Ethan’s hard to judge because of his injuries. He had a solid rookie season but seemed to take a step backward the next season. We barely saw him in 2019. Now, when Max Unger was traded and losing both James Carpenter and Russell Okung to free agency Wilson’s QBR went down the next two seasons but then progressively went up the next two after Brown and Fluker joined. I’m not quite sold yet on Ethan and Joey Hunt being full time starters but we’ll see. Warren Moon had said that the best thing to help an O-Line is being allowed to stay together so they can become familiar with one another.
I was hoping the Hawks might be able to swoop in and acquire Trent Williams from Washington the way they did for Brown, Diggs and Clowney but it looks like the price for him is extremely high.
The days of holding a line together for more than two seasons are long gone. Better to invest in an O-line coach.
If staying at #27, Seahawks should select the best center in the draft. Either Cushenberry from LSU or the guy from Temple. At #27, that’s where the true value is for Seattle. Use the savings to find someone to pair with Clowney.
As I mentioned above, I agree that the OL becomes the first-round priority if Clowney is signed. Starting a rookie at center is risky, but if saving Britt’s salary buys them another starter, it’s probbably worth it.
The O line at this point, still early, is being ignored. If the Hawks don’t re-sign the walking flag machine Ifedi, they’ll either try to grab a bargain in the draft or make another late night shopping spree at the Dollar Tree. Wilson will once again pray that his ability to run for his life will hold up for another season.
Ifedi means “orange traffic cone”
Think of it this way: He was practicing social distancing before it was trendy.
I remember when, before the Vikings playoff game that reached -6 degrees, Irvin said anyone who wore long-sleeves was a “punk.” Gotta love it.
The news about the O-line signings shouldn’t be surprising, I guess. With a few exceptions, this seems to be where Schneider typically looks to go cheap. Would you agree? I guess we can’t pay elite salaries everywhere, but I worry about our $140 million QB.
They expended capital on Britt, Brown and Pocic, but it’s true they skate with that unit more than others. I agree that regarding Wilson’s amazing string of healthy seasons, they toy with fate.
Schneider has shown that he loves him some bargain specials at the dollar store for O-lineman, a few exceptions of course. As far as toying with fate with Wilson, it’s gonna be another year of all the time favorite. Run Russell Run, coming to a stadium near you. Go Hawks.
Good that you remembered John Moffitt.
Ifedi, too…a 1st round pick.
This surprises me. I was under the impression that Carroll was not a fan of Irvin’s?
Obviously, they didn’t pick up his option. Carroll felt like Irvin free-lanced too much, Irvin felt like he wasn’t used right. Fairly typical stuff between coach and player. But I never picked up on anything like contempt either way.
I will be driving down Thiel Road today. Are there any relatives you wish me to say hello from a distance?
In Eastern WA? None.
Unless you pass the House of Slytherin.
Just a bit SE of Lynden, WA.
I’d shelter in place.
I still distinctly remember at the very end of a game @ Carolina, Irvin sacked Cam on consecutive plays to preserve the win.
Fun to remember in the normal sense, and extra fun to remember Cam putting on a fine version of the “Cam Sulk.”
Irvin had some fine moments, and games where he was invisible. That’s why he wasn’t re-upped.
I don’t see John signing Jadaveon for $20 mill if it’s only on a one year contract and even with someone holding a gun to his head.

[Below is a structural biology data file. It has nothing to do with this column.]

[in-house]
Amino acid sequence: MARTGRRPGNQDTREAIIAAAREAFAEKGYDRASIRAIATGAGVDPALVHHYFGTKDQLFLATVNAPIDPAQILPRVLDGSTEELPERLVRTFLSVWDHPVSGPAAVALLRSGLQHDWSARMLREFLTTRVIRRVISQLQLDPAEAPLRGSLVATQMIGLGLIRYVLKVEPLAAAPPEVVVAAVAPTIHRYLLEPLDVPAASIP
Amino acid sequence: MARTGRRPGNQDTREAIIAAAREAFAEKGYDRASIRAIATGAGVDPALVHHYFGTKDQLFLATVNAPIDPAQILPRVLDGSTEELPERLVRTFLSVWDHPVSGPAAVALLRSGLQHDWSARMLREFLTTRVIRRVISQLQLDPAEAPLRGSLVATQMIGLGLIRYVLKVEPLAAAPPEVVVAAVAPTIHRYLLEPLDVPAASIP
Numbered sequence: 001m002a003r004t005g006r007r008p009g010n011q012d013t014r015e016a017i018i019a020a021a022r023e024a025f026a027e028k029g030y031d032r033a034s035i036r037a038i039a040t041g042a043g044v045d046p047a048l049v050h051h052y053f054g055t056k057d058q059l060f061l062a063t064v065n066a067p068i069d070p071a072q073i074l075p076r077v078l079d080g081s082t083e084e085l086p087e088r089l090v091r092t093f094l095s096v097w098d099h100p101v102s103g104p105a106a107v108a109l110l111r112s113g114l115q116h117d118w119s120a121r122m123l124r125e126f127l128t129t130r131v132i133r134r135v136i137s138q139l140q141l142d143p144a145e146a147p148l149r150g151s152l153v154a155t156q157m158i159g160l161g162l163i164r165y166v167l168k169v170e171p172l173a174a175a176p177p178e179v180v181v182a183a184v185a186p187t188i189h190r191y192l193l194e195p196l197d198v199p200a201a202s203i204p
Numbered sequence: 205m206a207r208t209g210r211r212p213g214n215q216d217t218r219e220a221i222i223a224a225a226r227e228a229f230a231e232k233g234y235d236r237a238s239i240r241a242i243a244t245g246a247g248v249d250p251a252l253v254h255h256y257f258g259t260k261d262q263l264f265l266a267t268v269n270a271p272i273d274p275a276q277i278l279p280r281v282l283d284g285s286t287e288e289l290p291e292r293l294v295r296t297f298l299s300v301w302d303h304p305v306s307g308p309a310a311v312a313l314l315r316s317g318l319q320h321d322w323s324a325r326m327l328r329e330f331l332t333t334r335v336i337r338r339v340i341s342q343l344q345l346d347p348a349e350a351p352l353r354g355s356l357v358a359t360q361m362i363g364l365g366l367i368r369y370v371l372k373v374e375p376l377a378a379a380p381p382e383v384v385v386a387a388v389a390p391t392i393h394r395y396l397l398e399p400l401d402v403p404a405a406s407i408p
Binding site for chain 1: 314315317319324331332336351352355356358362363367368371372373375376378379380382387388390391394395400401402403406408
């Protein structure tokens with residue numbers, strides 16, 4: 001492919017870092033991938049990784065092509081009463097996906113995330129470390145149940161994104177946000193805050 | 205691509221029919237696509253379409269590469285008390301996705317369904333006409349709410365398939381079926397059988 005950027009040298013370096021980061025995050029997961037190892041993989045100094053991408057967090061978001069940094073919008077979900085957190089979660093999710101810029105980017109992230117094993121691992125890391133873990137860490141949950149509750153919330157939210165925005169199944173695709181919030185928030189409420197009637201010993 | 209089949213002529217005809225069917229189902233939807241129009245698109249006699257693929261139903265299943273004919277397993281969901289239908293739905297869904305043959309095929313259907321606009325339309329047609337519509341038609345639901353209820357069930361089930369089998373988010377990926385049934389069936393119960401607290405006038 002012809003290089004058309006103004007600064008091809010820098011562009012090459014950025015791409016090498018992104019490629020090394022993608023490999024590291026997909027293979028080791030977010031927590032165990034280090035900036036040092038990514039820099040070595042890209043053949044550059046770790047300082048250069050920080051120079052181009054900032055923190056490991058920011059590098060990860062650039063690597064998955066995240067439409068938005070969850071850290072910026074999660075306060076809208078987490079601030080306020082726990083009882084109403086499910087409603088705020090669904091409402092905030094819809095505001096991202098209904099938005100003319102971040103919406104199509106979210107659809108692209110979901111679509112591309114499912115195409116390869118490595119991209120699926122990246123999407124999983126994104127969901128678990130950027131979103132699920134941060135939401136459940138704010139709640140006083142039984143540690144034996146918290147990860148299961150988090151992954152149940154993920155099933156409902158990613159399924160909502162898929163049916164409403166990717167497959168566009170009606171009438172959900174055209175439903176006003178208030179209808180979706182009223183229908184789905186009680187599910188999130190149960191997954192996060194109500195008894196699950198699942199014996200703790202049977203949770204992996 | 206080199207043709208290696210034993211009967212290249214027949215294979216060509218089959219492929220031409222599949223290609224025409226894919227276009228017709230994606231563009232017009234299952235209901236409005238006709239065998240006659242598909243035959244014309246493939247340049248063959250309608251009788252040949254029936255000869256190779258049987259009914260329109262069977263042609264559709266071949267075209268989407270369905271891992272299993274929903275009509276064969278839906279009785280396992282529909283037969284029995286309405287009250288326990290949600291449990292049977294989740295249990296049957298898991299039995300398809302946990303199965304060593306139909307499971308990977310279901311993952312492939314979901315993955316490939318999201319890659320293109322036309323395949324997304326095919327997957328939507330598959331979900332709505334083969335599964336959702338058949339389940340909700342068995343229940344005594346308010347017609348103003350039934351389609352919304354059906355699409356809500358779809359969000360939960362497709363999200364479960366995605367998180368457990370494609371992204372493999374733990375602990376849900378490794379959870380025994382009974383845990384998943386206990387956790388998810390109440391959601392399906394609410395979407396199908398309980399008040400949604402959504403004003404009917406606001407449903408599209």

What’s your price point then? $17? $18? The difference seems negligible relative to fixing a flagrant weakness.
The difference is hardly negligible if he gets injured again or does not return to his top form. It’s unfortunate the Hawks are in this bind but things could get worse. For instance, a failure to improve the offensive line. Check in with your franchise QB.
Seahawks have twin urgencies: DL and OL. Just about a dead heat given the investment in Wilson. But they have an upper hand over the rest of the league in signing a superior talent like Clowney, even if it’s only one year — and maybe because it’s only one year. They don’t have nearly the options at RT, except with a first-round draft pick, which is where’d I’d go with it.
It’s being reported he might just do that since teams are balking at his price demands. Huge gamble if he does a one year deal. https://www.fieldgulls.com/2020/3/20/21188464/2020-nfl-free-agency-jadeveon-clowney-update-one-year-contract-seattle-seahawks
Getting Reed for a full year with Clowney and Irvin as the starting DE’s, plus Poona, I think that makes a very nice DL. I hate that we lost Jefferson, but Irvin makes up for that, and the rest of those returning will get better year over year since they are all very young. Only Irvin is over 30. We’ll undoubtably add one or two players in the draft. That seems to me to fill our roster, and give us all hope for a better defense than last year. Which is all any of us are asking for.
Many are suggesting we also get another “star” for the pass rush. Giffen of Minnesota or Ngogui (sp) in a trade from the Jags, I think it is. I hate trading draft picks.
I like filling most of the holes on the team in FA with pro experience and using draft picks for the best player available. That seems to work better than drafting for needs. We did that last year and got LJ Collier. I’m still hoping for the best with him, but I’m doubtful, and it is not good when a first round draft pick doesn’t make a splash in his first year. It is a year we can never get back of inexpensive play. If a player washes out his first year, makes a bit of improvement his second year, and again in the third year, but doesn’t really impress until the fourth year and then leaves in his fifth year, I don’t count that as a great draft pick. Maybe an OK draft pick, but not an A+ that’s for sure. Drafting best player available seems to usually avoid those bad draft results.
I just rewatched last season’s Hawks/Frisco game on the NFL network (the first matchup that went into o.t.) and if you want to see what a healthy Clowney can do, enjoy the heck out of the replay.